More about Mary Magdalene here and here.

Jesus, Women, and Theology

Jesus was interested in the lives of women. He engaged them in conversations. He asked them questions. He called them by name. Moreover, he assumed women were interested in theology, and that they needed to know theology for themselves.

Jesus had many female disciples and he entrusted his teaching to them. Jesus was their Lord, Messiah, and Teacher. And after their encounters with him, these women were equipped to go and talk about theology to others. Jesus is still equipping women, as well as men, through his Spirit and his Word, to speak up and talk about theology.


[1] There are several times in John’s Gospel where Jesus is recorded as speaking directly to a woman and calling her “woman.” In English, it is disrespectful to address a woman “woman,” but this is not the case in other languages, including Greek, the original language of the New Testament. I’ve looked at every instance where Jesus says “woman” (gynai) in direct address in this article: Jesus Called Her “Woman.”

© Margaret Mowczko 2016
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Explore more

Jesus had many female followers—many!
Partnering Together: Jesus and Women
Jesus Called Her “Woman”
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The Apostolic Ministry of Gospel Women in John’s Gospel
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All my articles on women in the Gospels are here.

artigos em portugues sobre igualdade entre homens e mulheres no lar e na igreja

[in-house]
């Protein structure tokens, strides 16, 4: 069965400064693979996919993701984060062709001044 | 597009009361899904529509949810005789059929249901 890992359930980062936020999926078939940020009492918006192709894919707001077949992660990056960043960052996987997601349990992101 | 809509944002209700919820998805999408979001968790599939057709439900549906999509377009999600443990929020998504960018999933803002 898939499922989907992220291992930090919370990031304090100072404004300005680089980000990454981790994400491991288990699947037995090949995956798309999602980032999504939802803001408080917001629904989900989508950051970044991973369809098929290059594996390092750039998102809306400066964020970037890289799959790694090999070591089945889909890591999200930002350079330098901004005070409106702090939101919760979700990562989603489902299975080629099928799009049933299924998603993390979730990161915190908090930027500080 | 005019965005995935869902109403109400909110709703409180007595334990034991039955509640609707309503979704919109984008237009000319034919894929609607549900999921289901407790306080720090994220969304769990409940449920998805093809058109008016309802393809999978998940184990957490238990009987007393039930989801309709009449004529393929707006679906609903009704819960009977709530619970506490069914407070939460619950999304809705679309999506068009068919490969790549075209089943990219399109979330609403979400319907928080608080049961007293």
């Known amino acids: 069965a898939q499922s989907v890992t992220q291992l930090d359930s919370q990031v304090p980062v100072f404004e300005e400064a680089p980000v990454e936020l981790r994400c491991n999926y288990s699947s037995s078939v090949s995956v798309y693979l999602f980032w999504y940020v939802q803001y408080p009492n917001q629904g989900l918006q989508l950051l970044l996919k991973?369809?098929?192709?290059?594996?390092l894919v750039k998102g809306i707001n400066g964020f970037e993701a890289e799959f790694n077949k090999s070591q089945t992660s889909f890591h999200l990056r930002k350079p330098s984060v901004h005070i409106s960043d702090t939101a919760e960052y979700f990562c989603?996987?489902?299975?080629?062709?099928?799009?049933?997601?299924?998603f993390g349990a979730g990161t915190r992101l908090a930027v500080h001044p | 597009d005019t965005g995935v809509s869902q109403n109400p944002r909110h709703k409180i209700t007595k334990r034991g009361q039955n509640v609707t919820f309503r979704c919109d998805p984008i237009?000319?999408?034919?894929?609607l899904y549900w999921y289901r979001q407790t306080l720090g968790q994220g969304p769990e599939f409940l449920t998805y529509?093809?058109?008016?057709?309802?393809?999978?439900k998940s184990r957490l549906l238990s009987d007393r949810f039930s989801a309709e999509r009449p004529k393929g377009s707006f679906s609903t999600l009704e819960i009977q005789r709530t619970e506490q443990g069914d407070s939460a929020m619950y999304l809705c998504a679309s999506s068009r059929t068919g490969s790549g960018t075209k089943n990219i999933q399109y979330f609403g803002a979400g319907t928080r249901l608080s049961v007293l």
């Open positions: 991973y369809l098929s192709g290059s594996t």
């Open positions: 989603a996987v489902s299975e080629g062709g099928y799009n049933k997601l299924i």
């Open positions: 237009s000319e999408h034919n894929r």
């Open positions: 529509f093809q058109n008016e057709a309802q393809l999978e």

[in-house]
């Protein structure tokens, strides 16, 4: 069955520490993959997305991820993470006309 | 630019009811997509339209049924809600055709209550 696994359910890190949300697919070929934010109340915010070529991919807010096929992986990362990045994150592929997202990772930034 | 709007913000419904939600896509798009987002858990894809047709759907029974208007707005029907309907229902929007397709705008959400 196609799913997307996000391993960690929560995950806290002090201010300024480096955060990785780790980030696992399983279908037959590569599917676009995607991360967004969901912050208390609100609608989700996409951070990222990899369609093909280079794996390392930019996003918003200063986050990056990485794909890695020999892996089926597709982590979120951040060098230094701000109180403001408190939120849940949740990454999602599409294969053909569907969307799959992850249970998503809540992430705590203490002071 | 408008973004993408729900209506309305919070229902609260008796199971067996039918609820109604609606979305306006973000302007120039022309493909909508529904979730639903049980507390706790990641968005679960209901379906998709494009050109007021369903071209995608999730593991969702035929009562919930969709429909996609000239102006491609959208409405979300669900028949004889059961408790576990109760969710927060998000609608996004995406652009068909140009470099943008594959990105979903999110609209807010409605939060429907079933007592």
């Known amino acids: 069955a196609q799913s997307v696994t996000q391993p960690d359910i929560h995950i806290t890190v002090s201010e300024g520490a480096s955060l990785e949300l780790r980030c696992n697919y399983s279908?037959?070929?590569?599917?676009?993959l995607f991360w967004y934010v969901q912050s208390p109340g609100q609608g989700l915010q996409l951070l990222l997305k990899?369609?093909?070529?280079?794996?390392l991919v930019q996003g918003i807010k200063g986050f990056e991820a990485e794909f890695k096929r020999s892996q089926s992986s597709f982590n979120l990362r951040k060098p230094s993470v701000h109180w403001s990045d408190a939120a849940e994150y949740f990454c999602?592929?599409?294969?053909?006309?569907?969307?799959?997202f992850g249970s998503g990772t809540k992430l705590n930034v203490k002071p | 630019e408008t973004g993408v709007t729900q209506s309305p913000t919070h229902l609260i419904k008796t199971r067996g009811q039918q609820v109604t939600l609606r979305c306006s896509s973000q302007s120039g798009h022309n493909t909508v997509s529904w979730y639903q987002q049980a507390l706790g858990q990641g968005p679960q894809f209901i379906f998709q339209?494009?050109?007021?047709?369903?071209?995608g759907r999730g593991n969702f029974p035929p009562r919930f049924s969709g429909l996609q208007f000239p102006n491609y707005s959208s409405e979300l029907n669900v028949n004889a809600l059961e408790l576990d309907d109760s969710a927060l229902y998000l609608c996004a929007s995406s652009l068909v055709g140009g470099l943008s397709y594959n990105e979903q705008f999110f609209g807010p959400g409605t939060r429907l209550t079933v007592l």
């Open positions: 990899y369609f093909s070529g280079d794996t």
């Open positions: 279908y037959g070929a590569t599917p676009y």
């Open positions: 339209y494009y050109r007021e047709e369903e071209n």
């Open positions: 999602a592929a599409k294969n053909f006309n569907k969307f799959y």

14 thoughts on “Jesus, Women, and Theology: “Jesus said to her …”

  1. Ooo – please tell me more about the word “Rabboni!” Is it used in the Bible anywhere else? Where did you get that wonderful definition!!! Can’t help but being a Berean, and I wanna know!!


    1. As you know, rabbi is the usual Aramaic word for a Jewish teacher. A rabbon, however, is a Jewish master-teacher.

      Rabbon is the highest title of honor for a teacher in the Jewish schools. Wesley Perschbacher, The New Analytical Greek Lexicon (Peabody, MA: Hendrickson, 1990), 361.

      The suffix equivalent to “-i” means “my”. Thus the Aramaic word rabboni (rabbouni in the Greek texts of John 20:16) literally means “my master-teacher”. 🙂

      1. Thank you! Note is going into my Bible!!!

  2. This was short and to the point with each of those women, Marg, and how Jesus loved them so much he wanted them to know exactly who he is. He’s a wonderful God who cares about his people. True grace to women and men both.

  3. I love this, was thinking about some of these women the other day and how tradition ascribes to women a position that scripture necessarily doesn’t.

    1. Hi Rosemary, the early Christians loved to embellish on the stories of the first Christians. Sometimes it’s hard to sort fact from fiction.

  4. Luke’s Gospel also indicates that Jesus taught women and that he told them what was going to happen to him. For example, in Luke 24:6-7 the angels say to the women who were at Jesus’ tomb on Sunday morning, “He is not here; he has risen! Remember how [Jesus] told you, while he was still with you in Galilee: ‘The Son of Man must be delivered over to the hands of sinners, be crucified and on the third day be raised again.’” This is followed in Luke 24:8 with, “Then they remembered [Jesus’] words.”

    Jesus had only told his disciples what would happen to him, and women were among this group (e.g., Matt. 16:21; 17:22-23; 20:17-29; Mark 8:31; 9:30-32; Luke 9:22; 17:25; 18:33-34). These women were Mary Magdalene, Joanna, Mary the mother of James, and other women from Galilee (Luke 24:10).